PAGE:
Thursday, April 5, 2012

Scientific Research I'd Like To See Done on Tea's Caffeine, Vitamin C, etc.

When conducting research on tea in the course of working on RateTea, I'm often surprised at how little basic scientific research there is out there on the chemical components of various types of tea, such as caffeine, vitamin C, theanine, and the various antioxidants.

Former president George W. Bush, pictured above, conducted a Q&A session in 2005, pictured above; this session, which focused on the topic of terrorism, still left me and the rest of the world with many unanswered questions about tea.

For example, when writing the article on the caffeine content of tea, I found only a handful of studies, and these studies did more to break down myths (like the myth about white tea being low in caffeine or black tea being high in caffeine) than they did to establish clear patterns of which teas have more or less caffeine. When working on the article on the vitamin C content of tea, I found even fewer studies. The results for theanine were similar; I found sources establishing that Gyokuro and Anji Bai Cha were high in theanine, but I did not find much in the way of thorough research characterizing which teas are relatively higher and lower, and explaining why this would be the case.

Some questions I'd like to see answered scientifically:

  • Since it is known that green tea contains measurable vitamin C, whereas black tea contains either no vitamin C or only traces, I'd be curious to see if there is any vitamin C in the greenest of oolongs and the greenest of Darjeeling "black" teas, especially first flush. Given that some of these teas are greener in color than some green teas, I suspect many of these teas are as high in vitamin C as some green teas.

  • I'd like to see some work on the levels of various chemicals in whole leaf tea, compared to broken-leaf tea, including the contents of various tea bags containing fannings or dust, and sachets containing whole leaf tea. These sorts of studies would be necessary to definitively answer questions comparing loose-leaf tea to tea bags.

  • I'd like to see more work thoroughly exploring how the chemical components of tea differ from higher grades of tea, which tend to be more expensive, to lower grades of tea.

  • I'd like to see studies that compare the chemical composition of tea to subjective impressions of its taste and other qualities, conducted by panels of experts and everyday tea drinkers, using blind taste tests. This would shed some light into whether or not impressions of freshness and quality correspond well to chemical changes in the tea.

  • It is known that both Vitamin C and other antioxidants in tea tend to break down slowly over time, and that this process is slowed in teas that have been heated (like green tea). I'd be curious for work establishing how fast these chemicals break down, and if substantial breakdown happens before there is a noticeable change in the aroma or flavor of the tea. I'd also be curious to see if white tea would (as I would suspect) initially have a greater vitamin C content than green tea, but that the vitamin C would break down much faster than in green tea.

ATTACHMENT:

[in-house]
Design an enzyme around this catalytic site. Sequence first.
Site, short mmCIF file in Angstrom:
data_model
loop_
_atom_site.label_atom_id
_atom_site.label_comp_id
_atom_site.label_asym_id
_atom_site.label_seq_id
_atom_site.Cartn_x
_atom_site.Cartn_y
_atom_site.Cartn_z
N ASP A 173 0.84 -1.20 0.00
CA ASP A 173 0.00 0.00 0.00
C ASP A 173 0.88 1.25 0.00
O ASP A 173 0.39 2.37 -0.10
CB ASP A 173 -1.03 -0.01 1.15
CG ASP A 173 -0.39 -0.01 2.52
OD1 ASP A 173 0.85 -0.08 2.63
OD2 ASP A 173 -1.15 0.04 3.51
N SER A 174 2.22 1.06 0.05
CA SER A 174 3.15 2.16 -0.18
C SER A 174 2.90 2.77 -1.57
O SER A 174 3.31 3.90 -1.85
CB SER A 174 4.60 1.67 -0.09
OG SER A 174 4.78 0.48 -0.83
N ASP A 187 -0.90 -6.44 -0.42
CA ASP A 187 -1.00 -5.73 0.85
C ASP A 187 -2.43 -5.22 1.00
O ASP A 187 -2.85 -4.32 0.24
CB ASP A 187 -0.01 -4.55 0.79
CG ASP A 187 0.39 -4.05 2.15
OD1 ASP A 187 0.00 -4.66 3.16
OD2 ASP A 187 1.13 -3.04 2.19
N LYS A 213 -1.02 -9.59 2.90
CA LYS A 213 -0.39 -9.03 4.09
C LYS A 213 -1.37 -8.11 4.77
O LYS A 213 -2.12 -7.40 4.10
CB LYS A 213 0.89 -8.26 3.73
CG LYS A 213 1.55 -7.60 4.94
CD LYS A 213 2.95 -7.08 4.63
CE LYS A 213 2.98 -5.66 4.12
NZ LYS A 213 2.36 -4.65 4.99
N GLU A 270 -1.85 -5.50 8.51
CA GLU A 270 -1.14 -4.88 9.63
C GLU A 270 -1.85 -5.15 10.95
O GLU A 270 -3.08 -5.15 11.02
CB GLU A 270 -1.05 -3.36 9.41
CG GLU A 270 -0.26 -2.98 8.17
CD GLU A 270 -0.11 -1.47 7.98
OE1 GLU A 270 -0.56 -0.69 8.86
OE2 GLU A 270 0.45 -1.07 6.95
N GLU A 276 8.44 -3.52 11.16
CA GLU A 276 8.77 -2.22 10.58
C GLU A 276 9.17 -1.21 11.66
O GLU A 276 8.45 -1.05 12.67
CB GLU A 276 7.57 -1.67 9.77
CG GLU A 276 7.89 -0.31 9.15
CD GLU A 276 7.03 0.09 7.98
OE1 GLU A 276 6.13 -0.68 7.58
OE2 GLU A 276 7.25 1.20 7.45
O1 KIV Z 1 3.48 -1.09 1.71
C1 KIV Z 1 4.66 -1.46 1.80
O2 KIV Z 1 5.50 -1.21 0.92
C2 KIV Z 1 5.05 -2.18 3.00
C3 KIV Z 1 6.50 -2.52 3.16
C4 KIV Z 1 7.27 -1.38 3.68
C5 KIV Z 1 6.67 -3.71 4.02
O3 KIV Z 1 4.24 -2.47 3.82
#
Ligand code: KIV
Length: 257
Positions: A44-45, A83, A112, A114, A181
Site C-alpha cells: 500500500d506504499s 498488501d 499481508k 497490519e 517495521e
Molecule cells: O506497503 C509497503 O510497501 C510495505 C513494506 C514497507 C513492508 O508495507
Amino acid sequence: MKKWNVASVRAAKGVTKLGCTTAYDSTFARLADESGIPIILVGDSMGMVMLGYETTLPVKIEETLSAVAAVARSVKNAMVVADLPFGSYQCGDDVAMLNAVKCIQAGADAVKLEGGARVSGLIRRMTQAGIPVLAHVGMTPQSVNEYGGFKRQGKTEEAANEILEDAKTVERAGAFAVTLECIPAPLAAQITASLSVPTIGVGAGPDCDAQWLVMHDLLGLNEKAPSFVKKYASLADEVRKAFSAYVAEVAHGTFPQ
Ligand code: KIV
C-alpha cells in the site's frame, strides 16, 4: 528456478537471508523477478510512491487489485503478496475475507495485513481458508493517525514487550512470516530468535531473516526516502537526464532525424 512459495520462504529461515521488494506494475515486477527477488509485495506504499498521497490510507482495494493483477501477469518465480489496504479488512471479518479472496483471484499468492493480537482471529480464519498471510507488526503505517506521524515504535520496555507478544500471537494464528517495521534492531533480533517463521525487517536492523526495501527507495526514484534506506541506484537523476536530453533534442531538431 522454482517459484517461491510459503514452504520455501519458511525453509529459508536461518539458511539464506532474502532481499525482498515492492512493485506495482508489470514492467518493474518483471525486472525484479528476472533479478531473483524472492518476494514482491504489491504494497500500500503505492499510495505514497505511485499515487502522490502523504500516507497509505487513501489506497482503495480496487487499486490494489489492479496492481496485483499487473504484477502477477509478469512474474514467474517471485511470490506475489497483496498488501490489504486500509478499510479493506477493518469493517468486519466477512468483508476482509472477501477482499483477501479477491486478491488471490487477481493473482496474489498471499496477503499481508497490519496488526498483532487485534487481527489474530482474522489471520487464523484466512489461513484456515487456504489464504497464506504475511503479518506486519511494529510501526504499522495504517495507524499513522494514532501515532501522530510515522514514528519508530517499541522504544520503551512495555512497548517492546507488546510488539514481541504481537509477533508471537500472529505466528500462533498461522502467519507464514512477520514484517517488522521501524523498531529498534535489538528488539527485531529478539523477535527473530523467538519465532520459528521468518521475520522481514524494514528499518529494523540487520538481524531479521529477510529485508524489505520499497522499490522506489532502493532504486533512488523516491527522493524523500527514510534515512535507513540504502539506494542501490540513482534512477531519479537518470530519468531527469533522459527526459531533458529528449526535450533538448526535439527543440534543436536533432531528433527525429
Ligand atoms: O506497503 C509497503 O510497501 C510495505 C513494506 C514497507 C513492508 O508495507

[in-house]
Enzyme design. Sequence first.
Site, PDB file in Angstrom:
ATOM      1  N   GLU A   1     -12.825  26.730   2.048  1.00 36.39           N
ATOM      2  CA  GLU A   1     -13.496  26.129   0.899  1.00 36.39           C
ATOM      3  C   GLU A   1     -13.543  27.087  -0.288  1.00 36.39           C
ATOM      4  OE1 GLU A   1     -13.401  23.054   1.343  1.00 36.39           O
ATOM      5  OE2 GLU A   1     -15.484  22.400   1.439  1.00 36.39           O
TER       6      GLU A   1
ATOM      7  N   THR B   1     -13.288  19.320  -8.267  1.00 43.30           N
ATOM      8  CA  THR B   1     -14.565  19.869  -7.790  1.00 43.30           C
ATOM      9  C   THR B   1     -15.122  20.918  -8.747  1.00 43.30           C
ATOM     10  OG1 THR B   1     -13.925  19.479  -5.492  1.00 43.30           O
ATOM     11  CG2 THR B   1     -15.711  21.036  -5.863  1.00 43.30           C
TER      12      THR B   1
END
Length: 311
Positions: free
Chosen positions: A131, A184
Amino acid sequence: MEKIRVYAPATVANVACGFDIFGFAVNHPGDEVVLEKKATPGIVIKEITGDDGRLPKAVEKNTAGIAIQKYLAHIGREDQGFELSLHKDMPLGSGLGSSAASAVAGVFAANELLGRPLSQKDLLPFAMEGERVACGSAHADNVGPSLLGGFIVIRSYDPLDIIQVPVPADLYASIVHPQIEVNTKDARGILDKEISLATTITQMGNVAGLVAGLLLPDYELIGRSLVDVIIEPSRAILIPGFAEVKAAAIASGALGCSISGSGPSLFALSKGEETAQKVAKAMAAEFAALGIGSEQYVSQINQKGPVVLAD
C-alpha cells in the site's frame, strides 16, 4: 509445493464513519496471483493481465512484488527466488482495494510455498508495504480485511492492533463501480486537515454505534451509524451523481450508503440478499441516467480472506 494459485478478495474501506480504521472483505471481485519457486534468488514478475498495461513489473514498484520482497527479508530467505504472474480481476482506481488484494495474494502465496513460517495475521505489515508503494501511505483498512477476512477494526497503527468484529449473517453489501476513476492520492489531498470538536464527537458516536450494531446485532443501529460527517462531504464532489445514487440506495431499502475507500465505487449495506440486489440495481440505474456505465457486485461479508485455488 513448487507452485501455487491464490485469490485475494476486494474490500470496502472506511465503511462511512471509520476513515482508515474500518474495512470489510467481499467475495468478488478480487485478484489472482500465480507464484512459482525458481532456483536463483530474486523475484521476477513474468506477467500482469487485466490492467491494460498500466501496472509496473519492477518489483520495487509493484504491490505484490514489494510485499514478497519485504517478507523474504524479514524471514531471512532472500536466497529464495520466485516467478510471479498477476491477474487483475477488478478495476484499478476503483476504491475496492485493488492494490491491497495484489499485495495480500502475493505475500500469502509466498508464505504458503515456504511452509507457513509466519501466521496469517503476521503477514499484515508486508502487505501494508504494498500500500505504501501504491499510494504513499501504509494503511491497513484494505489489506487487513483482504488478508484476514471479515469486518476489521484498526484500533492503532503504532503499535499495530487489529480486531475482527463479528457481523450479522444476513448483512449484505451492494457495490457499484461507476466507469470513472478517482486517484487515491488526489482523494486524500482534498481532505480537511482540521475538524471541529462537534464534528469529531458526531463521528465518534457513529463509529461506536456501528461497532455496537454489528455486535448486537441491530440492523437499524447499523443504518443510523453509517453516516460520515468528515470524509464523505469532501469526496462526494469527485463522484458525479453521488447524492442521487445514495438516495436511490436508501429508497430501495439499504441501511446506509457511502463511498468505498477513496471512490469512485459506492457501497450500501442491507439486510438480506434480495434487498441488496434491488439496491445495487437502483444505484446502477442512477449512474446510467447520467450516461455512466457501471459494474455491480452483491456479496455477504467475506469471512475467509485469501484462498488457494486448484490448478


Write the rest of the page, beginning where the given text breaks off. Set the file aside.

These are just a few of the questions that come to mind. Some of these would have health implications and would help answer questions about which teas are healthiest. Although I tend to focus primarily on taste, I would like to have a scientifically-valid answer when people ask me questions about which teas are healthiest. Currently, I find myself giving vague answers to these sorts of questions, because there's not enough research for me to give more thorough answers.

Low-hanging fruit?

Some of these questions seem like they'd be relatively inexpensive and straightforward to answer, as they'd just be a question of testing enough samples through fairly routine methods. Given all the highly expensive, specialized scientific work done nowadays, it seems like a lot of these questions would be more fruitful to pursue. I'd like to offer a hint to academic researchers looking for an easy publication that could attract a lot of attention: these topics might offer some low-hanging fruit.

Pictured here are some low-hanging fruit of the Sorbus aucuparia plant (Rowan tree or European Mountain Ash).

It seems silly to invest a lot of money in costly research on tea, such as controlled clinical trials of green tea supplements, when some of the most basic questions about tea's chemical components remain unanswered.

What do you think?

What sorts of scientific work would you like to have done on tea? Do you think the above questions would be interesting? Do you know of some studies that I've missed that would answer some of these questions or add useful conclusions to the pages I maintain?


  1. Hi!
    You might want to check out the caffeine and antioxydant content of different at (

    Also, for analysis of tea chemical and antioxydant content compared to subjective tasting, I found that paper:
    Ahmed S, Unachukwu U, Stepp JR, Peters CM, Long C, Kennelly E (2010) Pu-erh tea tasting in Yunnan, China: correlation of drinkers’ perceptions to phytochemistry. Journal of Ethnopharmacology 132: 176–185.

    1. Thanks, I've updated the article on the caffeine content of tea, and linked to this analysis by the Camellia sinensis tea house, which I found interesting and informative!